Cefalotin is a beta-lactam antibacterial. It is bactericidal and acts similarly to benzylpenicillin by inhibiting synthesis of the bacterial cell wall. It is most active against Gram-positive cocci, and has moderate activity against some Gram-negative bacilli. Sensitive Gram-positive cocci include both penicillinase- and non-penicillinase-producing staphylococci, although meticillin-resistant staphylococci are resistant; most streptococci are also sensitive, but not penicillin-resistant Streptococcus pneumoniae; enterococci are usually resistant. Some Gram-positive anaerobes are also susceptible. Cefalotin is usually inactive against Listeria monocytogenes. Among Gram-negative bacteria cefalotin has activity against some Enterobacteriaceae including strains of Escherichia coli, Klebsiella pneumoniae, Proteus mirabilis, Salmonella, and Shigella spp., but not against Enterobacter, indole-positive Proteus, or Serratia spp. It is also active against Moraxella catarrhalis (Branhamella catarrhalis) and Neisseria spp., though Haemophilus influenzae is moderately resistant. Bacteroides fragilis and Pseudomonas aeruginosa are not sensitive and neither are mycobacteria, mycoplasma, and fungi. Resistance of bacteria to cefalotin may be due to several mechanisms: the drug may be prevented from reaching its site of action, for example in some Gram-negative organisms the cell wall may be a potential barrier; the target penicillin-binding proteins may be altered so that cefalotin cannot bind with these proteins; or, most importantly, the organism may produce beta-lactamases (cephalosporinases). Cefalotin is relatively resistant to hydrolysis by staphylococcal beta-lactamase, but is inactivated by a variety of beta-lactamases produced by Gram-negative organisms; resistance of Gram-negative organisms often depends on more than one factor. Resistance can be chromosomally or plasmid-mediated and may sometimes be inducible by cephalosporins. Certain strains of bacteria may be inhibited but not killed by cephalosporins or penicillins and in such cases the minimum bactericidal concentration is much greater than the minimum inhibitory concentration; this is known as tolerance. As well as with other cephalosporins, some cross-resistance may occur between cefalotin and the penicillinase-resistant penicillins.

💊 Pharmacokinetics

Cefalotin is poorly absorbed from the gastrointestinal tract. After intramuscular injection peak plasma concentrations of about 10 and 20 micrograms/mL are achieved within 30 minutes of doses of 0.5 and 1 g, respectively. A concentration of 30 micrograms/mL has been reported 15 minutes after the intravenous injection of a 1-g dose; a range of 14 to 20 micrograms/mL has been achieved by the continuous intravenous infusion of 500 mg/hour. Cefalotin is widely distributed in body tissues and fluids except the brain and CSF where the concentrations achieved are low and unpredictable. It crosses the placenta and low concentrations have been detected in breast milk. The plasma half-life varies from about 30 to 50 minutes, but may be longer in patients with renal impairment, especially that of the metabolite. About 70% of cefalotin is bound to plasma proteins. About 20 to 30% of cefalotin is rapidly deacetylated in the liver and about 60 to 70% of a dose is excreted in the urine by the renal tubules within 6 hours as cefalotin and the less active metabolite, desacetylcefalotin. High urine concentrations of 0.8 and 2.5 mg/mL have been observed after intramuscular doses of 0.5 and 1 g, respectively. Probenecid blocks the renal excretion of cefalotin. A very small amount is excreted in bile.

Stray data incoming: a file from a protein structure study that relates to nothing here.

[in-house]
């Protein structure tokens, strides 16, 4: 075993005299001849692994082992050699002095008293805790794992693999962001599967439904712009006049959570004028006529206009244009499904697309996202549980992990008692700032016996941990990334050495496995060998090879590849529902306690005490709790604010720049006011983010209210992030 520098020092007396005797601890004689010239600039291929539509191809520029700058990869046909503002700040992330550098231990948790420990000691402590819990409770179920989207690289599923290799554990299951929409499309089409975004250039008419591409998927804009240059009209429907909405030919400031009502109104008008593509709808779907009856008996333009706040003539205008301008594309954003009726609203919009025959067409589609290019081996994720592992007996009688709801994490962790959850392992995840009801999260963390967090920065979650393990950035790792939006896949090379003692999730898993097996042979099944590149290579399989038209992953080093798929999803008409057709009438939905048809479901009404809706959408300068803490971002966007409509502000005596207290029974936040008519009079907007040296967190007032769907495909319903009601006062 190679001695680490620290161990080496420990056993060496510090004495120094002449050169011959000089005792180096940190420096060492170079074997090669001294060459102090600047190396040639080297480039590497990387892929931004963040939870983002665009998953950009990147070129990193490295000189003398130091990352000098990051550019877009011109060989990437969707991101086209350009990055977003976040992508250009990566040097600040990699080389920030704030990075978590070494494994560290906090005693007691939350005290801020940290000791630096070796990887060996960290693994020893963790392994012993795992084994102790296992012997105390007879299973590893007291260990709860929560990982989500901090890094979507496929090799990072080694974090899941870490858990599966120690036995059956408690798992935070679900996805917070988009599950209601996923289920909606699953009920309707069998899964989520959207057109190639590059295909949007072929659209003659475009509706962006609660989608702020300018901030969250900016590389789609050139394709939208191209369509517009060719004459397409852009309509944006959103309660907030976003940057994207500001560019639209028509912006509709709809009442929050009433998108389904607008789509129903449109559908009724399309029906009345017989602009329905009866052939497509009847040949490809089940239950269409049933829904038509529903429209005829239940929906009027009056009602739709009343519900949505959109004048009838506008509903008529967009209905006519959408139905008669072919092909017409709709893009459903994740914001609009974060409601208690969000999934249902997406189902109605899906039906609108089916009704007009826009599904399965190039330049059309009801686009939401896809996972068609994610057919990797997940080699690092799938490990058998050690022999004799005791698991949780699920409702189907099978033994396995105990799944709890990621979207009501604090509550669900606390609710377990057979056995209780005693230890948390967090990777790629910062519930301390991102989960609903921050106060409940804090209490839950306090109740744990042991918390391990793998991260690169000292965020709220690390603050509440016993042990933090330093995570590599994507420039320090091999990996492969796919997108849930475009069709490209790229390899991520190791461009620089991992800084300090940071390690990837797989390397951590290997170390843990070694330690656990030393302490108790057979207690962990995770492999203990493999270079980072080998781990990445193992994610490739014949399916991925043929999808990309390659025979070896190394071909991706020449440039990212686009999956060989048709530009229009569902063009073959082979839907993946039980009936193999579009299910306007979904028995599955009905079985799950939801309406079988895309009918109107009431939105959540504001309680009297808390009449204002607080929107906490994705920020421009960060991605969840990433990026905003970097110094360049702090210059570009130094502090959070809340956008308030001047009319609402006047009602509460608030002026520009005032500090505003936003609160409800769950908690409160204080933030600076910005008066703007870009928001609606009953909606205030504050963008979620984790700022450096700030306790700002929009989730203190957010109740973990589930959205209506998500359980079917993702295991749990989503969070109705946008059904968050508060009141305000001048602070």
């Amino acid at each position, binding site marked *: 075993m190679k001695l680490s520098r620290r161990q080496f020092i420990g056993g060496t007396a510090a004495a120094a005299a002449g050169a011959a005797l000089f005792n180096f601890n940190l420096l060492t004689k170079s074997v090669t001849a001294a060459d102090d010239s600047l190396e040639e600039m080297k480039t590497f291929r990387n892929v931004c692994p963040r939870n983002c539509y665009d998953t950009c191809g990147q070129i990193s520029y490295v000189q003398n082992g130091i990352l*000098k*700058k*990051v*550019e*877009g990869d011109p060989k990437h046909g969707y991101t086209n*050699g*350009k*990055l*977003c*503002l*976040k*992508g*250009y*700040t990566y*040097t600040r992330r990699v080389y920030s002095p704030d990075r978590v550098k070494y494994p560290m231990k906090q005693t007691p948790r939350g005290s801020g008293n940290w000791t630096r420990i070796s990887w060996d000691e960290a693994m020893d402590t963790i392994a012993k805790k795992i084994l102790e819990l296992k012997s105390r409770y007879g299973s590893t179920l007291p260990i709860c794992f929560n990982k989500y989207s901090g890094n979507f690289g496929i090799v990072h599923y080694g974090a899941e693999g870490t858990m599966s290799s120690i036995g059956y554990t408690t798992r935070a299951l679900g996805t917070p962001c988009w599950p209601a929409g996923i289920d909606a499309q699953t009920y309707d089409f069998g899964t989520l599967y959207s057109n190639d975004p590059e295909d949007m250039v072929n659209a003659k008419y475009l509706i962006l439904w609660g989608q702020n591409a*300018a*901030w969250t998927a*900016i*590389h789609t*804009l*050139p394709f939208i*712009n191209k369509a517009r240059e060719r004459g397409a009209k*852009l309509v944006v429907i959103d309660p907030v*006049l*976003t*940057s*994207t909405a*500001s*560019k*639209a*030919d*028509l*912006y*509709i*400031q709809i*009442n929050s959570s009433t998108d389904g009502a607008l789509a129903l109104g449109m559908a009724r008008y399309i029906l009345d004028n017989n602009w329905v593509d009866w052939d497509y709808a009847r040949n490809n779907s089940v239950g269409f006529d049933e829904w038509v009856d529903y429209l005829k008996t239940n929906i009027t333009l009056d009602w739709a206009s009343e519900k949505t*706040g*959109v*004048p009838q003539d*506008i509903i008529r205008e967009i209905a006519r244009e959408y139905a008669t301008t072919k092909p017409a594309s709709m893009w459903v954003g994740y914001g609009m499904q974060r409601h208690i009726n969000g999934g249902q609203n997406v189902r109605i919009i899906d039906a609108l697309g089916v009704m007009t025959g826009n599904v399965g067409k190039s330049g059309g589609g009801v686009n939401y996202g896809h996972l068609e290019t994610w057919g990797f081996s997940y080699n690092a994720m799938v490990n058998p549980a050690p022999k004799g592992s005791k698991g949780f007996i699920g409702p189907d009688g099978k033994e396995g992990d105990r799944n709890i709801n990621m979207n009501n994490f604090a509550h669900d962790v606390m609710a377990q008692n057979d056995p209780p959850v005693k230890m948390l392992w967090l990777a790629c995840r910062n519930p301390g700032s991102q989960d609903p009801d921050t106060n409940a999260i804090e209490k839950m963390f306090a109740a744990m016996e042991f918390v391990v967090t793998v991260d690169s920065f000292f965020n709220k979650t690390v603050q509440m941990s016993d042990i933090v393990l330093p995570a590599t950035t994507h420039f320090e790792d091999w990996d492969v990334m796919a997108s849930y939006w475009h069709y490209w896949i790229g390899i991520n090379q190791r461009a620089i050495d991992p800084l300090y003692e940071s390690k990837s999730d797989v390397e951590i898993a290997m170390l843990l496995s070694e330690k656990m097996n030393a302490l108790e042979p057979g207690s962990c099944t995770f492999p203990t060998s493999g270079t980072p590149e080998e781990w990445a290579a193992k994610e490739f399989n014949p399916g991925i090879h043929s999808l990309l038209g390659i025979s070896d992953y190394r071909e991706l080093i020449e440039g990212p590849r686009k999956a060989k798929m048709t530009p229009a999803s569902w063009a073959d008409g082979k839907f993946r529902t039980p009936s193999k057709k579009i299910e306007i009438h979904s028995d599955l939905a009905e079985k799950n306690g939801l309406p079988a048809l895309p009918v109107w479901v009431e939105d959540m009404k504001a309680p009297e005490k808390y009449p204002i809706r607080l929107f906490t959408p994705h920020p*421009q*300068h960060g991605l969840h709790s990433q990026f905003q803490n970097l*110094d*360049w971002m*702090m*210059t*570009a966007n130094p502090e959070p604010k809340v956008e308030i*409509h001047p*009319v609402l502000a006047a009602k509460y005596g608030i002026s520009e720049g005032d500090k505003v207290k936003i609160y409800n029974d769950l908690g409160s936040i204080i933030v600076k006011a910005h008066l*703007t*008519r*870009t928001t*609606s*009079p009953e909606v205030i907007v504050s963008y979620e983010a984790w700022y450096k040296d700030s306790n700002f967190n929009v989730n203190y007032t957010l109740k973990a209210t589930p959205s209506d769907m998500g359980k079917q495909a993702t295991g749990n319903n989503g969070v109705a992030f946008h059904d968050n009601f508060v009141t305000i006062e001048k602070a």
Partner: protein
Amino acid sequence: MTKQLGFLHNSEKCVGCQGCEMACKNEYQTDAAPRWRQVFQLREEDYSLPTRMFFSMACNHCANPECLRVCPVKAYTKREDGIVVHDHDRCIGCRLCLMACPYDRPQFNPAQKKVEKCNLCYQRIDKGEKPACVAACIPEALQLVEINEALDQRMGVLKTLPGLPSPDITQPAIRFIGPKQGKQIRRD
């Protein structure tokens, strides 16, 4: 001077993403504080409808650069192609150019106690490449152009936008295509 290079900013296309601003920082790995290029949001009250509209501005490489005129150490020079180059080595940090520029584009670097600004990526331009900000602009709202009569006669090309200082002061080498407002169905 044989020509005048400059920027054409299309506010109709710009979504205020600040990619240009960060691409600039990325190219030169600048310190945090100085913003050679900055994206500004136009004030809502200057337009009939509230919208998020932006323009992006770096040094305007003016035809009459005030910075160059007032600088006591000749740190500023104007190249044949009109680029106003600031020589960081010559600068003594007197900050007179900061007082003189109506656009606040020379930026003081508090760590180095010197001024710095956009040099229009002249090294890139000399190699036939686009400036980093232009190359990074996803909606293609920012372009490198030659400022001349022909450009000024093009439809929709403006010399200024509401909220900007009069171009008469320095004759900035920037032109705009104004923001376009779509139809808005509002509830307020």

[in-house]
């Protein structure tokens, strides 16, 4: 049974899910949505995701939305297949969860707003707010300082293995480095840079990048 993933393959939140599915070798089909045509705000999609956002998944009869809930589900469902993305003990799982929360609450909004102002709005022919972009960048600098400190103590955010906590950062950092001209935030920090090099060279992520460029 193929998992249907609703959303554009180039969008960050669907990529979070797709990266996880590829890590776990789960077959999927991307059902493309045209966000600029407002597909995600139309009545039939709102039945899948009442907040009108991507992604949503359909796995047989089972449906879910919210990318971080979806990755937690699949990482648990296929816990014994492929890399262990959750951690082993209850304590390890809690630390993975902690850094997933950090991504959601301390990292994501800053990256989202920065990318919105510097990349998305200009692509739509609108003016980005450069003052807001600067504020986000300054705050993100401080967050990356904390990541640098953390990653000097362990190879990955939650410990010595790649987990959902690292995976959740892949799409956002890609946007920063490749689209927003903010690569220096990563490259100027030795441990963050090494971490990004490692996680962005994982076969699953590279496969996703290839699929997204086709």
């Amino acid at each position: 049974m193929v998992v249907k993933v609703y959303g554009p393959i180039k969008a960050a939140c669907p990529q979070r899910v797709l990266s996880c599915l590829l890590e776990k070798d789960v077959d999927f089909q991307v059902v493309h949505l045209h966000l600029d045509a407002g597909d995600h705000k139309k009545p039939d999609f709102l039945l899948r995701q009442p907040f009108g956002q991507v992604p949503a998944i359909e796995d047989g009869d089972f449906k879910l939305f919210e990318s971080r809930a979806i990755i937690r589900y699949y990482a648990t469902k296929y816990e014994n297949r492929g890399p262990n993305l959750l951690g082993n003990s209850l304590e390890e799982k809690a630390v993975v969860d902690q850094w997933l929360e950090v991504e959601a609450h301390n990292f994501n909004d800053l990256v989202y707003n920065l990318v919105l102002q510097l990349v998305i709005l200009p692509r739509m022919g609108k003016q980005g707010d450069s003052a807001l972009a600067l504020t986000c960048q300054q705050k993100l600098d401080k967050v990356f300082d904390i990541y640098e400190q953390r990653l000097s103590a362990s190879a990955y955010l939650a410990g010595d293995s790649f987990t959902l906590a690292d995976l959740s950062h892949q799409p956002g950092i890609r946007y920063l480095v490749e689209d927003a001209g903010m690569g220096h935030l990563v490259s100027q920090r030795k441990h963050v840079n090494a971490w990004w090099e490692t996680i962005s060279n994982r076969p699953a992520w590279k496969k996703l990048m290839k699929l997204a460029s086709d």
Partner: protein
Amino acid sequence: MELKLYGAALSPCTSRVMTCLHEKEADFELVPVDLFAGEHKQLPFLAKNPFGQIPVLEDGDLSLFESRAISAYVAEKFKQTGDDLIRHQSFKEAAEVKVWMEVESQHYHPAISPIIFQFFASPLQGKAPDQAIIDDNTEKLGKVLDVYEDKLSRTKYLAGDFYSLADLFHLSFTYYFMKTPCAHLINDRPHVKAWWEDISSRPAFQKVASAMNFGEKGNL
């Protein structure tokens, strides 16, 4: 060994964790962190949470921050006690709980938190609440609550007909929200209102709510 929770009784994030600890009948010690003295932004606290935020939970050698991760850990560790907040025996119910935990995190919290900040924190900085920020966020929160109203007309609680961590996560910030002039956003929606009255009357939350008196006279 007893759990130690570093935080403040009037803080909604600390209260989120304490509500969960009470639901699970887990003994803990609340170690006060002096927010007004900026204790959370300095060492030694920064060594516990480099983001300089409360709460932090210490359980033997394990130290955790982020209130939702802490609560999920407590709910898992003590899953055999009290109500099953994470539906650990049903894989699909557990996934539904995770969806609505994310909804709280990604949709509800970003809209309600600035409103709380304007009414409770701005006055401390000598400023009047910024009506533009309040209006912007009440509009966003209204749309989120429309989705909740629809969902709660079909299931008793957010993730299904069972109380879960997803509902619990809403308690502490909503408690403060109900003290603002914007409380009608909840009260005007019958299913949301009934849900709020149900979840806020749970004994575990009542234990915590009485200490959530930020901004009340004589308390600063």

💊 Uses and Administration

Cefalotin is a first-generation cephalosporin antibacterial that has been used in the treatment of infections due to susceptible bacteria, particularly staphylococci, but has generally been replaced by newer cephalosporins. Cefalotin is given as the sodium salt by slow intravenous injection over 3 to 5 minutes or by intermittent or continuous infusion. It may be given intramuscularly but this route is painful. Doses are expressed in terms of the equivalent amount of cefalotin; 1.06 g of cefalotin sodium is equivalent to about 1 g of cefalotin. The usual dose is 0.5 to 1 g of cefalotin every 4 to 6 hours; up to 12 g daily has been given in severe infections.

Administration in renal impairment.

Reduced doses are recommended if cefalotin is given to patients with renal impairment. After an intravenous loading dose of 1 to 2 g patients may be given the following maximum doses according to their creatinine clearance (CC):
CC 50 to 80 mL/minute: 2 g every 6 hours
CC 25 to 50 mL/minute: 1.5 g every 6 hours
CC 10 to 25 mL/minute: 1 g every 6 hours
CC 2 to 10 mL/minute: 500 mg every 6 hours
CC less than 2 mL/minute: 500 mg every 8 hours

💊 Preparations

USP 31: Cephalothin for Injection; Cephalothin Injection.

Proprietary Preparations

Arg.: Arecamin; Cefade†; Dasuglor; Keflin; Rupecef†; Austral.: Keflin Neutral; Braz.: Cefalin; Cefalot†; Cefalotil; Cefariston; Kefalotin†; Keflin; Canad.: Ceporacin†; Denm.: Keflin†; Fin.: Keflin†; Indon.: Cephation; Moraxine; Israel: Keflin†; Ital.: Keflin†; Mex.: Cefelen; Ceftina; Falot; Keflin; Liroken I; Loriken†; Lotin; Neth.: Keflin; Norw.: Keflin; Philipp.: Fezef; S.Afr.: Keflin†; Singapore: Cefadin; Thai.: Cefadin†; Keflin†; Venez.: Cefaciclina†; Ceflen; Keflin†.
Published December 18, 2018.